Welcome to this edition of the FSP member spotlight. Every month we highlight a different FSP member who is doing exciting things in the field of pathology. This month we are taking a different spin on our spotlight and featuring a very important member of our FSP team, Amy J. Young, Managing Partner of Ballard Partners. Amy works for the FSP as a lobbyist advocating on the behalf of Florida pathologists.
Amy J. Young, Managing Partner
3609 Washington Road
West Palm Beach, FL 33405
How did you start your career as a lobbyist?
I was picked for Governor Graham's internship program to serve in the Governor's office and when working on policy issues and watching the Legislature in action, I was hooked. I then went on to serve in the Governor's Office after graduation and then as Political Coordinator for one of the largest Trade Associations in the State. I was then recruited to join a national law firm in 1984.
What do you enjoy most about your career?
Working with my clients and delving in to policy issues to determine how the current laws and possible changes to that particular statute may positively alter the practice of medicine in our State.
How did you first start working with the FSP?
I was hired by the FSP by Dr. Tom Woods in 1984 and have been honored to represent the Society since!
What are the biggest challenges that you face in your role as the legislative consultant for the FSP?
Pathologists have very unique legislative issues that other physician specialties do not face. We are particularly impacted when legislation is introduced to tie your reimbursement to a Medicare percentage. We have fought many battles on this front which would effectively eliminate payment of the professional component of clinical pathology. We are uniquely impacted by any changes to the clinical laboratory statutes (Chapter 483, F.S.) For instance, over the years we have advocated the passage of legislation redefining the definition of "comprehensive health care services" to include "technical and professional clinical laboratory services" in Chapter 641, F.S., the statutes that govern HMO's. We have also successfully advocated for amendments to Chapter 483 to define a "clinical laboratory examination" as a procedure which includes "oversight or interpretation". These were successes to change Florida laws to recognize the importance and significance of professional component billing. Both of these statutory changes have been cited in the Merkel, Central States, Westside and Health Options lawsuits.
What would you like to see occur in legislation that would positively impact pathologists?
Right now, status quo. We are always playing a great deal of defense on reimbursement issues, surprise billing and so many other issues that pop up. If we can continue to successfully oppose the myriad of issues that surface that would negatively impact your day to day pathology practice, we have won the war!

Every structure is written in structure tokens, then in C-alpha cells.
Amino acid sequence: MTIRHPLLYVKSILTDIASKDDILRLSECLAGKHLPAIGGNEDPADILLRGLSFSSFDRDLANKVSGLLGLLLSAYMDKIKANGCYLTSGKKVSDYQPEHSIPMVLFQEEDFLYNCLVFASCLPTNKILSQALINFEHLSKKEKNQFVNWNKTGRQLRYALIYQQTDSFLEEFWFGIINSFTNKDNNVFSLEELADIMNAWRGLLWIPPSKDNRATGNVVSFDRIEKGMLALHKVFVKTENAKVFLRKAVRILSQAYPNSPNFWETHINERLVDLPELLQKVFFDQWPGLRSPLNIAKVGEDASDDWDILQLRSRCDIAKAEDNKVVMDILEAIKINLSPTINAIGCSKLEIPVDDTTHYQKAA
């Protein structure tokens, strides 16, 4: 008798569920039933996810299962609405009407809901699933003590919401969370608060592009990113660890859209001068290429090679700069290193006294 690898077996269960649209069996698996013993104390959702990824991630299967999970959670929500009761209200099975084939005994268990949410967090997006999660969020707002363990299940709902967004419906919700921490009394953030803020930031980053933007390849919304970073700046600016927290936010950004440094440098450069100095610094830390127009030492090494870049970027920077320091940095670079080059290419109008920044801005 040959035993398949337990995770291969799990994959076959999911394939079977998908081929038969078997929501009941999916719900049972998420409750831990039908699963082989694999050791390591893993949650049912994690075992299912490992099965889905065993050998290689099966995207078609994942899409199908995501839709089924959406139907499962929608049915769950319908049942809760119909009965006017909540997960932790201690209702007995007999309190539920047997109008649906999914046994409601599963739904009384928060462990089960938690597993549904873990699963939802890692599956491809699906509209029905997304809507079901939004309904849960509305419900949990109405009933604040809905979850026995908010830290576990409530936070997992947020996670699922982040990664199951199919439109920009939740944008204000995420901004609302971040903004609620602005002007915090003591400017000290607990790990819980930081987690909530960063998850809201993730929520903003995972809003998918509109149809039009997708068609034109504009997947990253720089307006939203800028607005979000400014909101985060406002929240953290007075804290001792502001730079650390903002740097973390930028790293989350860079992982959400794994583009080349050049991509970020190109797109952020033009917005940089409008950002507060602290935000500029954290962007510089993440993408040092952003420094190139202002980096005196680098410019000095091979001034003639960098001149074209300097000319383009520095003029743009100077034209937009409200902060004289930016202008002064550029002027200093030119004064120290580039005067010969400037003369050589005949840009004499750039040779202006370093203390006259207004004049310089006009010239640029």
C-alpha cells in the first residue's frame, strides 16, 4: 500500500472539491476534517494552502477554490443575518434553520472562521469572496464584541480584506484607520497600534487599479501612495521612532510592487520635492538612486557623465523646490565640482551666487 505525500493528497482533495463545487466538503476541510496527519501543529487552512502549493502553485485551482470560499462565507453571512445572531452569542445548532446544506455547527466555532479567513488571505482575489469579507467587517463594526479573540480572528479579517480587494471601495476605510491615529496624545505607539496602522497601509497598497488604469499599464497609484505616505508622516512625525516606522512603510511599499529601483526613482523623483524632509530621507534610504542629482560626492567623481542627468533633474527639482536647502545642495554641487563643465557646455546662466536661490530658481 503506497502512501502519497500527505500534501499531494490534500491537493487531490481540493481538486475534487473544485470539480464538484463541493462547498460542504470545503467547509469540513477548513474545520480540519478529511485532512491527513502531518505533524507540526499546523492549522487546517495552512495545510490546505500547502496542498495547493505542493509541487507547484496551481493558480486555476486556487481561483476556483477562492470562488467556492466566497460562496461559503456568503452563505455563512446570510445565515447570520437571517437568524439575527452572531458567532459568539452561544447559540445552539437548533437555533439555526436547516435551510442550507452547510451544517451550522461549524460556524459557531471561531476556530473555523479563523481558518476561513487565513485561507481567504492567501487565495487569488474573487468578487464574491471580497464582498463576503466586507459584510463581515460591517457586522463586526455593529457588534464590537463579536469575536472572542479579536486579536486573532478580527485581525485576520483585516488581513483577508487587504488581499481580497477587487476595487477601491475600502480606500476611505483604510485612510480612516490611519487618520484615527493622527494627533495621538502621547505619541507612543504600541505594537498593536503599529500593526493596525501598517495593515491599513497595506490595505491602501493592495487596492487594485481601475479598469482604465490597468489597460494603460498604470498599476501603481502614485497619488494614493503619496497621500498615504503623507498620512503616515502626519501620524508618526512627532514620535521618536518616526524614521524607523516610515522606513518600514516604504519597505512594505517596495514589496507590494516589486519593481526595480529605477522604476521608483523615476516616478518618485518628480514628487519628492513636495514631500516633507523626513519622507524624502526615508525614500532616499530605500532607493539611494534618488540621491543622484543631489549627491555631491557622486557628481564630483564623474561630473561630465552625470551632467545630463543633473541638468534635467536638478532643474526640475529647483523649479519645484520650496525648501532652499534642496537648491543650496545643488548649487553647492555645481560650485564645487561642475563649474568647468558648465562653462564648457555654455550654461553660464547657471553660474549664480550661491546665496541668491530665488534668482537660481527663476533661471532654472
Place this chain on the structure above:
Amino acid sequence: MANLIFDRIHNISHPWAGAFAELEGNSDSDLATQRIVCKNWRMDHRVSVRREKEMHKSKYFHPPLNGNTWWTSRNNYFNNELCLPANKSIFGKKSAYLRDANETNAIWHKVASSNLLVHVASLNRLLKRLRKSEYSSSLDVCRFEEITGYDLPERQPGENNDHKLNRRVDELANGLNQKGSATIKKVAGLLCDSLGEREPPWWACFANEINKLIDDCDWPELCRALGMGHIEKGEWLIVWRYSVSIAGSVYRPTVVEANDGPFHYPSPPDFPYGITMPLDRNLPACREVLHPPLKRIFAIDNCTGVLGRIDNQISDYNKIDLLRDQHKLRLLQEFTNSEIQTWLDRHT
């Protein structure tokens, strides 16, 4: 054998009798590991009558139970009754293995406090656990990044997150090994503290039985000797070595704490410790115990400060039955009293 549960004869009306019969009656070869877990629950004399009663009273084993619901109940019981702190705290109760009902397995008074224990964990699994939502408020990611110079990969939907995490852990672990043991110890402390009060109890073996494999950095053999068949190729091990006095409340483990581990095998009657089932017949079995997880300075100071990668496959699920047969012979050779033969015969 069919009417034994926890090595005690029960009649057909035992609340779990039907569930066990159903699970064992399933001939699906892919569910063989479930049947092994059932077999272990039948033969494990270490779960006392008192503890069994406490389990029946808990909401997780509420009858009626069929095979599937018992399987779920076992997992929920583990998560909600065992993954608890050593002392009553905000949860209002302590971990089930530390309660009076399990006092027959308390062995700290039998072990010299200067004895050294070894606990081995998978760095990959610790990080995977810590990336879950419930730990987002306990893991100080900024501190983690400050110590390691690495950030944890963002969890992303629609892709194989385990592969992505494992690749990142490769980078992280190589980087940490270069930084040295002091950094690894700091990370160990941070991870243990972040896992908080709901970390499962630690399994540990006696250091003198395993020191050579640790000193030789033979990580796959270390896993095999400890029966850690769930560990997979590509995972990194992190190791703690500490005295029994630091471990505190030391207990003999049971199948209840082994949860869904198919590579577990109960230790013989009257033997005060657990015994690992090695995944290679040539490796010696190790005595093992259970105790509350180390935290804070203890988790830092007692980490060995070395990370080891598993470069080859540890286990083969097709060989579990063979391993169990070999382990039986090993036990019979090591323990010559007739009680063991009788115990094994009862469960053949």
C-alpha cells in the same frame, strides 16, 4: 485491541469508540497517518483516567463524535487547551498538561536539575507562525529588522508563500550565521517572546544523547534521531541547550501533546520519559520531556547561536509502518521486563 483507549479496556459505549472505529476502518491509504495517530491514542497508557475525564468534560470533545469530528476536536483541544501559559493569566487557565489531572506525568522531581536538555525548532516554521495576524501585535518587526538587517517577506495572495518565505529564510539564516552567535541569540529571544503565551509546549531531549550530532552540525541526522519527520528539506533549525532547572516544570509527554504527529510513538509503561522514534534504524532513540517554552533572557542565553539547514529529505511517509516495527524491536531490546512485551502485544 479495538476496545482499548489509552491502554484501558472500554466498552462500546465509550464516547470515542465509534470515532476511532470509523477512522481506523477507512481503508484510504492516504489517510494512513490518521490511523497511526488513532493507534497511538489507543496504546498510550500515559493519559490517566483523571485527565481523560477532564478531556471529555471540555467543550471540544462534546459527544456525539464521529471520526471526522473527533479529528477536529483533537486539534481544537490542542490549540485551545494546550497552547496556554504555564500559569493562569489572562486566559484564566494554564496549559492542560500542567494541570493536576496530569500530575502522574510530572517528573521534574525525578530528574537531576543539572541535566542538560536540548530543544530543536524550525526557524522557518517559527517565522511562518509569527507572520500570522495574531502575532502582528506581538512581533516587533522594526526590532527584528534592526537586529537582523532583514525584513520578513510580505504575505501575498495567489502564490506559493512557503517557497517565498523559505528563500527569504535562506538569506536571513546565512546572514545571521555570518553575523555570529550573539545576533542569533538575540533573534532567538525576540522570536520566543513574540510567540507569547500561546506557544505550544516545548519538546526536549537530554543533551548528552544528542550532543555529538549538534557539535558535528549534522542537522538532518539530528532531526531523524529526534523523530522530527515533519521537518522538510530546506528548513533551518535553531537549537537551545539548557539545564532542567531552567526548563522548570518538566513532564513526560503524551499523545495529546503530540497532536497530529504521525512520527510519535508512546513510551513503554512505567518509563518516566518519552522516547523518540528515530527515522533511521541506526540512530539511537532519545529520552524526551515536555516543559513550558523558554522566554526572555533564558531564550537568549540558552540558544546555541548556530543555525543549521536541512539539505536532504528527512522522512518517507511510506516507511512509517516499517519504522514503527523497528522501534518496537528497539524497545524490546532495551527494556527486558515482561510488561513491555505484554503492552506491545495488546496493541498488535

What is the greatest piece of advice you would give to an FSP member to support our advocacy efforts?
Create relationships with your Legislators while they are home in their District. Just call and make a courtesy appointment to introduce yourself and they will appreciate and remember it! Creating these relationships when there is not a burning issue in Tallahassee will be remembered when we do face a tough issue!
And, give generously to the FSP PAC. Success is all about building relationships. The FSP cannot survive without a relationship with you, our members. The FSP cannot survive without a relationship with the Florida Legislature………….and relationships are a two way street………we knock on 160 Legislative doors asking for help on our issues……………there are 40 Senators and 120 members of the House of Representatives…………and, when they call asking for campaign assistance, we need to be in a position to help those that help us. This is not about buying votes…….this is about building and maintaining relationships.
What are your hobbies outside of the work?
I love to travel especially to destinations where I can ski, hike, zip line or do anything adventurous! When I'm at home, I love to practice Bikram yoga, roller blade, bike and cook (although I'm not very good at the latter, but I practice a lot.............I should take cooking lessons from our FSP First Lady and chef, Cindy Levitt.)
What is something surprising that most people do not know about you?
I'm pretty much an open book, but perhaps many people don't know that I lost the tip of my left index finger on a boat in Hurricane Andrew.......so now I get a 10% discount on my manicures!
FSP Member Login